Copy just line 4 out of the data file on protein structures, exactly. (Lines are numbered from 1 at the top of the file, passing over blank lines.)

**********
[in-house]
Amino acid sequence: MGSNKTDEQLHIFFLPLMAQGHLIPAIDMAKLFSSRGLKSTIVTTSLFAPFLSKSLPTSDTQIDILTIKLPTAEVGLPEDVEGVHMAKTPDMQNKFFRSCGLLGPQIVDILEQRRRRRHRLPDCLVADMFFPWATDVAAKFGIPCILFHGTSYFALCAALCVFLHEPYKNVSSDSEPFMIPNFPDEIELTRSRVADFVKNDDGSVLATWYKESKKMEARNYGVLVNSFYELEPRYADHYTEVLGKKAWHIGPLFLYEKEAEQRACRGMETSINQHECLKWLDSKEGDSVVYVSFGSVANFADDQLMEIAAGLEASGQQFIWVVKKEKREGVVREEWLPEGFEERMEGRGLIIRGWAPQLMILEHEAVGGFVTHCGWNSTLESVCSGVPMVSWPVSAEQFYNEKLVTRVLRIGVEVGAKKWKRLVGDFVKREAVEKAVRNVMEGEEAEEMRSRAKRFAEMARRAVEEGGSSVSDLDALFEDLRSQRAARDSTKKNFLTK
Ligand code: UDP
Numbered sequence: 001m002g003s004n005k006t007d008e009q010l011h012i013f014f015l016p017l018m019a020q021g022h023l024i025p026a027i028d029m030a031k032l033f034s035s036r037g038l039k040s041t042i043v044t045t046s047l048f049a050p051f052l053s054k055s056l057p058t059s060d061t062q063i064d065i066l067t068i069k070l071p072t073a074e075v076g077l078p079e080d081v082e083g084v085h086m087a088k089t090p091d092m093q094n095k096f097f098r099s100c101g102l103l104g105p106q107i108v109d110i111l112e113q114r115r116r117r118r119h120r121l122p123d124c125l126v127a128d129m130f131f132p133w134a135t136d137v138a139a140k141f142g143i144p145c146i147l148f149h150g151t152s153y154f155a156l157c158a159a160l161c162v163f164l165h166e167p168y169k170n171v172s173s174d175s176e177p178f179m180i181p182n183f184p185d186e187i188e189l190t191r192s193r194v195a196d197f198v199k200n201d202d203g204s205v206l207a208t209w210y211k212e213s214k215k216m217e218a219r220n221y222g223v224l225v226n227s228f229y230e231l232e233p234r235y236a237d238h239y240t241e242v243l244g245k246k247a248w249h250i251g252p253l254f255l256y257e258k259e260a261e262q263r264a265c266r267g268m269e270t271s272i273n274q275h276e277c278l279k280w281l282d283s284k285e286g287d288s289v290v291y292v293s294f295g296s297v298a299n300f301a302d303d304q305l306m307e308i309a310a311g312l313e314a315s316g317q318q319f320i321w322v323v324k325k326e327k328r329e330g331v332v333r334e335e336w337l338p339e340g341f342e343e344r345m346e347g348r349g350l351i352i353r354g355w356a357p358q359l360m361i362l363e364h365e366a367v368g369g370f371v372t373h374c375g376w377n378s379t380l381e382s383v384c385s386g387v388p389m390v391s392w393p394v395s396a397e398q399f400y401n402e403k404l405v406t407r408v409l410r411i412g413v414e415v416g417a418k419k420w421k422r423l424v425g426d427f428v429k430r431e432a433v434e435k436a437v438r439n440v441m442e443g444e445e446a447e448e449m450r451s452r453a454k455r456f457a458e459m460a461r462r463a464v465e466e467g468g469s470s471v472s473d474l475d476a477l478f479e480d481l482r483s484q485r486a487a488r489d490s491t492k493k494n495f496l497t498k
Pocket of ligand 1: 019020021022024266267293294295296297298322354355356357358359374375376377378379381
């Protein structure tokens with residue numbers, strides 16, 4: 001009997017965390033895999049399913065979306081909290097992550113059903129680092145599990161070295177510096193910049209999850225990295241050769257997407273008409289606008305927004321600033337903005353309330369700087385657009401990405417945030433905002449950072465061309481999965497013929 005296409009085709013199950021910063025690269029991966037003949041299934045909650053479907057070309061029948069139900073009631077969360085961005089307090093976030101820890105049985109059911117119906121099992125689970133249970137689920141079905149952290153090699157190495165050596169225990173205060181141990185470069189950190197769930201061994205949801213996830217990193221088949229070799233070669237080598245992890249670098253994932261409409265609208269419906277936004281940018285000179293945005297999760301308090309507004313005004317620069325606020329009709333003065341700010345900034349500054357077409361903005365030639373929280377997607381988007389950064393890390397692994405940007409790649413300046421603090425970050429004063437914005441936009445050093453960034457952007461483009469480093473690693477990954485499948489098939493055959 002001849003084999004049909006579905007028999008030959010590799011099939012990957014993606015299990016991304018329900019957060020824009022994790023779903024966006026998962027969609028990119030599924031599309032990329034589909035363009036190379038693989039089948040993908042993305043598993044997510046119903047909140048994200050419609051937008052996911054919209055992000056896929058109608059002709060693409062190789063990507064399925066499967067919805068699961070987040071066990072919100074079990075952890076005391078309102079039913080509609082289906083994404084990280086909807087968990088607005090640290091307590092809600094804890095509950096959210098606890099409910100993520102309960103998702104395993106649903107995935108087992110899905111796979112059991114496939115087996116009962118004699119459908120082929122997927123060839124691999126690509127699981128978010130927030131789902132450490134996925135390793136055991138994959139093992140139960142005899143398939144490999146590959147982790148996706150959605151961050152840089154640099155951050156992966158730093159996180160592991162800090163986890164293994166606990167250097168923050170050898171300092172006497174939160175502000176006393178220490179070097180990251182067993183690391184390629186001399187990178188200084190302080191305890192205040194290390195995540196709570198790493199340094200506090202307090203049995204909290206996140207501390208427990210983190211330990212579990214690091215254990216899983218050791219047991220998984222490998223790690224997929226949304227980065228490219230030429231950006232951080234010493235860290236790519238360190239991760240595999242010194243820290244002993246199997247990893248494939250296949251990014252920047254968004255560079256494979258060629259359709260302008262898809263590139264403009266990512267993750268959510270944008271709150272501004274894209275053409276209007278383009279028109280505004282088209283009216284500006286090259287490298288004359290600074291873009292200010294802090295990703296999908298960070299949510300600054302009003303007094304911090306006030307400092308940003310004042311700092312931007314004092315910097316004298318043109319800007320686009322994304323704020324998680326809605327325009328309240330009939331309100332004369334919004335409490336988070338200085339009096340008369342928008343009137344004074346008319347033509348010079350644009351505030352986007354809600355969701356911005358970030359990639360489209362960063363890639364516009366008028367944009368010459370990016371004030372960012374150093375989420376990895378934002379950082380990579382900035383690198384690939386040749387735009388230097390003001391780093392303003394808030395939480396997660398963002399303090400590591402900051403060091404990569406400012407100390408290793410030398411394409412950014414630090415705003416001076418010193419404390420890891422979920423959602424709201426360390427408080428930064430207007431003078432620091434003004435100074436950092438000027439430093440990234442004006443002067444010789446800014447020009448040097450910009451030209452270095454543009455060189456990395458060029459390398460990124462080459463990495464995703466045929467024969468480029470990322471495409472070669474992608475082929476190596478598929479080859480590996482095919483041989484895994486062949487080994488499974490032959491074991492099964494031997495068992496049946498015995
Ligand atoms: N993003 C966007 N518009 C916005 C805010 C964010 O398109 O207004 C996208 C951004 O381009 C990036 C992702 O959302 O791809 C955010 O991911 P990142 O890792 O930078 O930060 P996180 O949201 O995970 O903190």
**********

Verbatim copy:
Numbered sequence: 001m002g003s004n005k006t007d008e009q010l011h012i013f014f015l016p017l018m019a020q021g022h023l024i025p026a027i028d029m030a031k032l033f034s035s036r037g038l039k040s041t042i043v044t045t046s047l048f049a050p051f052l053s054k055s056l057p058t059s060d061t062q063i064d065i066l067t068i069k070l071p072t073a074e075v076g077l078p079e080d081v082e083g084v085h086m087a088k089t090p091d092m093q094n095k096f097f098r099s100c101g102l103l104g105p106q107i108v109d110i111l112e113q114r115r116r117r118r119h120r121l122p123d124c125l126v127a128d129m130f131f132p133w134a135t136d137v138a139a140k141f142g143i144p145c146i147l148f149h150g151t152s153y154f155a156l157c158a159a160l161c162v163f164l165h166e167p168y169k170n171v172s173s174d175s176e177p178f179m180i181p182n183f184p185d186e187i188e189l190t191r192s193r194v195a196d197f198v199k200n201d202d203g204s205v206l207a208t209w210y211k212e213s214k215k216m217e218a219r220n221y222g223v224l225v226n227s228f229y230e231l232e233p234r235y236a237d238h239y240t241e242v243l244g245k246k247a248w249h250i251g252p253l254f255l256y257e258k259e260a261e262q263r264a265c266r267g268m269e270t271s272i273n274q275h276e277c278l279k280w281l282d283s284k285e286g287d288s289v290v291y292v293s294f295g296s297v298a299n300f301a302d303d304q305l306m307e308i309a310a311g312l313e314a315s316g317q318q319f320i321w322v323v324k325k326e327k328r329e330g331v332v333r334e335e336w337l338p339e340g341f342e343e344r345m346e347g348r349g350l351i352i353r354g355w356a357p358q359l360m361i362l363e364h365e366a367v368g369g370f371v372t373h374c375g376w377n378s379t380l381e382s383v384c385s386g387v388p389m390v391s392w393p394v395s396a397e398q399f400y401n402e403k404l405v406t407r408v409l410r411i412g413v414e415v416g417a418k419k420w421k422r423l424v425g426d427f428v429k430r431e432a433v434e435k436a437v438r439n440v441m442e443g444e445e446a447e448e449m450r451s452r453a454k455r456f457a458e459m460a461r462r463a464v465e466e467g468g469s470s471v472s473d474l475d476a477l478f479e480d481l482r483s484q485r486a487a488r489d490s491t492k493k494n495f496l497t498k